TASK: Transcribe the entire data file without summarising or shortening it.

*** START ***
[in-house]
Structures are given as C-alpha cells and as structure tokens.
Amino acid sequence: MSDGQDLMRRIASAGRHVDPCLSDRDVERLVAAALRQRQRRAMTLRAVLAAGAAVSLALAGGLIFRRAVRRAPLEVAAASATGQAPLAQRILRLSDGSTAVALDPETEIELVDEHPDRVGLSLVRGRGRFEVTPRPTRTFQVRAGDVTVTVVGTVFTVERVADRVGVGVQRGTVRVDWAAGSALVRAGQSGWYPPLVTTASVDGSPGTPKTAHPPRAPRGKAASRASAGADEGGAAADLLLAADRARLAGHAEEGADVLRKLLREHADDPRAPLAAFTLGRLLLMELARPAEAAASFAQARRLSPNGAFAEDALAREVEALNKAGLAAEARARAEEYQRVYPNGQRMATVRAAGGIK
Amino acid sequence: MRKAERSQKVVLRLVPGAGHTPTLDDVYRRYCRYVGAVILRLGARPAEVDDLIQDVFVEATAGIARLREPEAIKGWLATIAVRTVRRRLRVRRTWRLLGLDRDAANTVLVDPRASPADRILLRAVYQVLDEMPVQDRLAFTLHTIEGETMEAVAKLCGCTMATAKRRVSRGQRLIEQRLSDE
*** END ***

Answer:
[in-house]
Structures are given as C-alpha cells and as structure tokens.
Amino acid sequence: MSDGQDLMRRIASAGRHVDPCLSDRDVERLVAAALRQRQRRAMTLRAVLAAGAAVSLALAGGLIFRRAVRRAPLEVAAASATGQAPLAQRILRLSDGSTAVALDPETEIELVDEHPDRVGLSLVRGRGRFEVTPRPTRTFQVRAGDVTVTVVGTVFTVERVADRVGVGVQRGTVRVDWAAGSALVRAGQSGWYPPLVTTASVDGSPGTPKTAHPPRAPRGKAASRASAGADEGGAAADLLLAADRARLAGHAEEGADVLRKLLREHADDPRAPLAAFTLGRLLLMELARPAEAAASFAQARRLSPNGAFAEDALAREVEALNKAGLAAEARARAEEYQRVYPNGQRMATVRAAGGIK
Amino acid sequence: MRKAERSQKVVLRLVPGAGHTPTLDDVYRRYCRYVGAVILRLGARPAEVDDLIQDVFVEATAGIARLREPEAIKGWLATIAVRTVRRRLRVRRTWRLLGLDRDAANTVLVDPRASPADRILLRAVYQVLDEMPVQDRLAFTLHTIEGETMEAVAKLCGCTMATAKRRVSRGQRLIEQRLSDE